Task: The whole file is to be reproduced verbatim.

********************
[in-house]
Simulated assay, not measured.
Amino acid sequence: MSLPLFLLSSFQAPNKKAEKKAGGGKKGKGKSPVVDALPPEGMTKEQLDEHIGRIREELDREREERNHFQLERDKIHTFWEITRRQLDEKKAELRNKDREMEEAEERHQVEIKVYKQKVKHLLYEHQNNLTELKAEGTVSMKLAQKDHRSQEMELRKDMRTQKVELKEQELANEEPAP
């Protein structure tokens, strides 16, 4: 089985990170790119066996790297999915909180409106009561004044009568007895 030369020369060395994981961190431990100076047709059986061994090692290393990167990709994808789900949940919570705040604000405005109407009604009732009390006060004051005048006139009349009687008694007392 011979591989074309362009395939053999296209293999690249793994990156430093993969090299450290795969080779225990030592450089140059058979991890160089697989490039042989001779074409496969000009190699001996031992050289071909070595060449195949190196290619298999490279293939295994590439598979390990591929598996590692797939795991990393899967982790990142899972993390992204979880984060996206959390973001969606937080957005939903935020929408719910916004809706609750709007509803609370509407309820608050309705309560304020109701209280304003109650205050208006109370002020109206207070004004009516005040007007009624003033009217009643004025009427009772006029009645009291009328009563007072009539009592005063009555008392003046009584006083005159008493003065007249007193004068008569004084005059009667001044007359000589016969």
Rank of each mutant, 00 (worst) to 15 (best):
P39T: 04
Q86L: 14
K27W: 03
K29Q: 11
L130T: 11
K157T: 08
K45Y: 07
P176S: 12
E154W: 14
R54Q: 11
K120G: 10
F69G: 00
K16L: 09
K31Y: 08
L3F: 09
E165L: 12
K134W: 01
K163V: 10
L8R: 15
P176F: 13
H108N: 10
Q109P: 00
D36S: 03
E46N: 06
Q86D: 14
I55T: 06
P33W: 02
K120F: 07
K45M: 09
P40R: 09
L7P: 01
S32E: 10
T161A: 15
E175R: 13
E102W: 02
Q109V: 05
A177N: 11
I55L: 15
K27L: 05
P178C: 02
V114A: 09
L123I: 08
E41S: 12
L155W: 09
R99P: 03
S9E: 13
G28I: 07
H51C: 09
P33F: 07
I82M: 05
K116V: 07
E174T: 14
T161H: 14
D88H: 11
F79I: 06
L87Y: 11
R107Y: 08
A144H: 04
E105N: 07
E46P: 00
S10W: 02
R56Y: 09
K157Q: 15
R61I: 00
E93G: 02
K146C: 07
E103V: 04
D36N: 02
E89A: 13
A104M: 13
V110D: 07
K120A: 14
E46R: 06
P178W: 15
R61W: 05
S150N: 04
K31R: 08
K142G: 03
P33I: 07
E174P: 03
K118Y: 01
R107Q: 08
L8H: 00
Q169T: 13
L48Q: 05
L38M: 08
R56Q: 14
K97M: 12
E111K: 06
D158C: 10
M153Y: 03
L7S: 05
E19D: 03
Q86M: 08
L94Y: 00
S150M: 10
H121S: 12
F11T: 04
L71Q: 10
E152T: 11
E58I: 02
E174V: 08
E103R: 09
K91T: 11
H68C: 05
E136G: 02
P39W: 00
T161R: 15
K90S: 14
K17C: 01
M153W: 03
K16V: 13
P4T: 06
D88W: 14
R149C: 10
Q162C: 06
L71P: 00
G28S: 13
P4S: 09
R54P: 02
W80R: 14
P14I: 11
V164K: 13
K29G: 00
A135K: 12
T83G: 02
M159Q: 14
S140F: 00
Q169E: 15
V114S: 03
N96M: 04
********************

[in-house]
Simulated assay, not measured.
Amino acid sequence: MSLPLFLLSSFQAPNKKAEKKAGGGKKGKGKSPVVDALPPEGMTKEQLDEHIGRIREELDREREERNHFQLERDKIHTFWEITRRQLDEKKAELRNKDREMEEAEERHQVEIKVYKQKVKHLLYEHQNNLTELKAEGTVSMKLAQKDHRSQEMELRKDMRTQKVELKEQELANEEPAP
């Protein structure tokens, strides 16, 4: 089985990170790119066996790297999915909180409106009561004044009568007895 030369020369060395994981961190431990100076047709059986061994090692290393990167990709994808789900949940919570705040604000405005109407009604009732009390006060004051005048006139009349009687008694007392 011979591989074309362009395939053999296209293999690249793994990156430093993969090299450290795969080779225990030592450089140059058979991890160089697989490039042989001779074409496969000009190699001996031992050289071909070595060449195949190196290619298999490279293939295994590439598979390990591929598996590692797939795991990393899967982790990142899972993390992204979880984060996206959390973001969606937080957005939903935020929408719910916004809706609750709007509803609370509407309820608050309705309560304020109701209280304003109650205050208006109370002020109206207070004004009516005040007007009624003033009217009643004025009427009772006029009645009291009328009563007072009539009592005063009555008392003046009584006083005159008493003065007249007193004068008569004084005059009667001044007359000589016969």
Rank of each mutant, 00 (worst) to 15 (best):
P39T: 04
Q86L: 14
K27W: 03
K29Q: 11
L130T: 11
K157T: 08
K45Y: 07
P176S: 12
E154W: 14
R54Q: 11
K120G: 10
F69G: 00
K16L: 09
K31Y: 08
L3F: 09
E165L: 12
K134W: 01
K163V: 10
L8R: 15
P176F: 13
H108N: 10
Q109P: 00
D36S: 03
E46N: 06
Q86D: 14
I55T: 06
P33W: 02
K120F: 07
K45M: 09
P40R: 09
L7P: 01
S32E: 10
T161A: 15
E175R: 13
E102W: 02
Q109V: 05
A177N: 11
I55L: 15
K27L: 05
P178C: 02
V114A: 09
L123I: 08
E41S: 12
L155W: 09
R99P: 03
S9E: 13
G28I: 07
H51C: 09
P33F: 07
I82M: 05
K116V: 07
E174T: 14
T161H: 14
D88H: 11
F79I: 06
L87Y: 11
R107Y: 08
A144H: 04
E105N: 07
E46P: 00
S10W: 02
R56Y: 09
K157Q: 15
R61I: 00
E93G: 02
K146C: 07
E103V: 04
D36N: 02
E89A: 13
A104M: 13
V110D: 07
K120A: 14
E46R: 06
P178W: 15
R61W: 05
S150N: 04
K31R: 08
K142G: 03
P33I: 07
E174P: 03
K118Y: 01
R107Q: 08
L8H: 00
Q169T: 13
L48Q: 05
L38M: 08
R56Q: 14
K97M: 12
E111K: 06
D158C: 10
M153Y: 03
L7S: 05
E19D: 03
Q86M: 08
L94Y: 00
S150M: 10
H121S: 12
F11T: 04
L71Q: 10
E152T: 11
E58I: 02
E174V: 08
E103R: 09
K91T: 11
H68C: 05
E136G: 02
P39W: 00
T161R: 15
K90S: 14
K17C: 01
M153W: 03
K16V: 13
P4T: 06
D88W: 14
R149C: 10
Q162C: 06
L71P: 00
G28S: 13
P4S: 09
R54P: 02
W80R: 14
P14I: 11
V164K: 13
K29G: 00
A135K: 12
T83G: 02
M159Q: 14
S140F: 00
Q169E: 15
V114S: 03
N96M: 04